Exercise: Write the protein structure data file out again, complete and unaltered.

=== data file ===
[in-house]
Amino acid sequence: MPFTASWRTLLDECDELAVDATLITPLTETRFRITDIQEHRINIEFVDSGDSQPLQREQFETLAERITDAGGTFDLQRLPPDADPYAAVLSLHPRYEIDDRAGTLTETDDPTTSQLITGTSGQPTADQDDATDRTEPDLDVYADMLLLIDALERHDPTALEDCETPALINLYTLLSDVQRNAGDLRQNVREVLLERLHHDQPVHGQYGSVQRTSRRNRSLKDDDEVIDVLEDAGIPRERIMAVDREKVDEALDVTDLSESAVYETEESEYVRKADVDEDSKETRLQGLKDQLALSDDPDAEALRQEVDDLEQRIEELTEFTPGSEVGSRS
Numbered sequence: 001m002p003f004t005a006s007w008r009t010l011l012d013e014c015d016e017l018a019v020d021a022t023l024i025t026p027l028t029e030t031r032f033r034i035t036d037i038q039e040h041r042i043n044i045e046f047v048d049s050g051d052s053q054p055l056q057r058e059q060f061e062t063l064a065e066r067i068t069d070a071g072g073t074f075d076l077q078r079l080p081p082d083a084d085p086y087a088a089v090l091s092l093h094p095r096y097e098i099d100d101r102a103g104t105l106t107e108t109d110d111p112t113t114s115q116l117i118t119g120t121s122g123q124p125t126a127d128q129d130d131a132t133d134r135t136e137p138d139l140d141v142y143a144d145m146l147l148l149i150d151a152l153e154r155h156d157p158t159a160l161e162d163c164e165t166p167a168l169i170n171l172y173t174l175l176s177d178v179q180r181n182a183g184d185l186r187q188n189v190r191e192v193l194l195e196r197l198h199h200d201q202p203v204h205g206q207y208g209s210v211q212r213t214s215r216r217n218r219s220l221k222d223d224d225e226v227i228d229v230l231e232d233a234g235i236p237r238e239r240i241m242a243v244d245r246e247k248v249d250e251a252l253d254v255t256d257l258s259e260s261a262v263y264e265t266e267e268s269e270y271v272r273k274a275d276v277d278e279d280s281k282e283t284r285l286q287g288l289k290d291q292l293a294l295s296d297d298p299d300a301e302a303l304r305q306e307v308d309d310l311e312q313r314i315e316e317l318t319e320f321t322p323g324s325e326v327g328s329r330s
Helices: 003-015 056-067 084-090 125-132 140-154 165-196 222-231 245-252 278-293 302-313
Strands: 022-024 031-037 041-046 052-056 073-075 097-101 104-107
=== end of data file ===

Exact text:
[in-house]
Amino acid sequence: MPFTASWRTLLDECDELAVDATLITPLTETRFRITDIQEHRINIEFVDSGDSQPLQREQFETLAERITDAGGTFDLQRLPPDADPYAAVLSLHPRYEIDDRAGTLTETDDPTTSQLITGTSGQPTADQDDATDRTEPDLDVYADMLLLIDALERHDPTALEDCETPALINLYTLLSDVQRNAGDLRQNVREVLLERLHHDQPVHGQYGSVQRTSRRNRSLKDDDEVIDVLEDAGIPRERIMAVDREKVDEALDVTDLSESAVYETEESEYVRKADVDEDSKETRLQGLKDQLALSDDPDAEALRQEVDDLEQRIEELTEFTPGSEVGSRS
Numbered sequence: 001m002p003f004t005a006s007w008r009t010l011l012d013e014c015d016e017l018a019v020d021a022t023l024i025t026p027l028t029e030t031r032f033r034i035t036d037i038q039e040h041r042i043n044i045e046f047v048d049s050g051d052s053q054p055l056q057r058e059q060f061e062t063l064a065e066r067i068t069d070a071g072g073t074f075d076l077q078r079l080p081p082d083a084d085p086y087a088a089v090l091s092l093h094p095r096y097e098i099d100d101r102a103g104t105l106t107e108t109d110d111p112t113t114s115q116l117i118t119g120t121s122g123q124p125t126a127d128q129d130d131a132t133d134r135t136e137p138d139l140d141v142y143a144d145m146l147l148l149i150d151a152l153e154r155h156d157p158t159a160l161e162d163c164e165t166p167a168l169i170n171l172y173t174l175l176s177d178v179q180r181n182a183g184d185l186r187q188n189v190r191e192v193l194l195e196r197l198h199h200d201q202p203v204h205g206q207y208g209s210v211q212r213t214s215r216r217n218r219s220l221k222d223d224d225e226v227i228d229v230l231e232d233a234g235i236p237r238e239r240i241m242a243v244d245r246e247k248v249d250e251a252l253d254v255t256d257l258s259e260s261a262v263y264e265t266e267e268s269e270y271v272r273k274a275d276v277d278e279d280s281k282e283t284r285l286q287g288l289k290d291q292l293a294l295s296d297d298p299d300a301e302a303l304r305q306e307v308d309d310l311e312q313r314i315e316e317l318t319e320f321t322p323g324s325e326v327g328s329r330s
Helices: 003-015 056-067 084-090 125-132 140-154 165-196 222-231 245-252 278-293 302-313
Strands: 022-024 031-037 041-046 052-056 073-075 097-101 104-107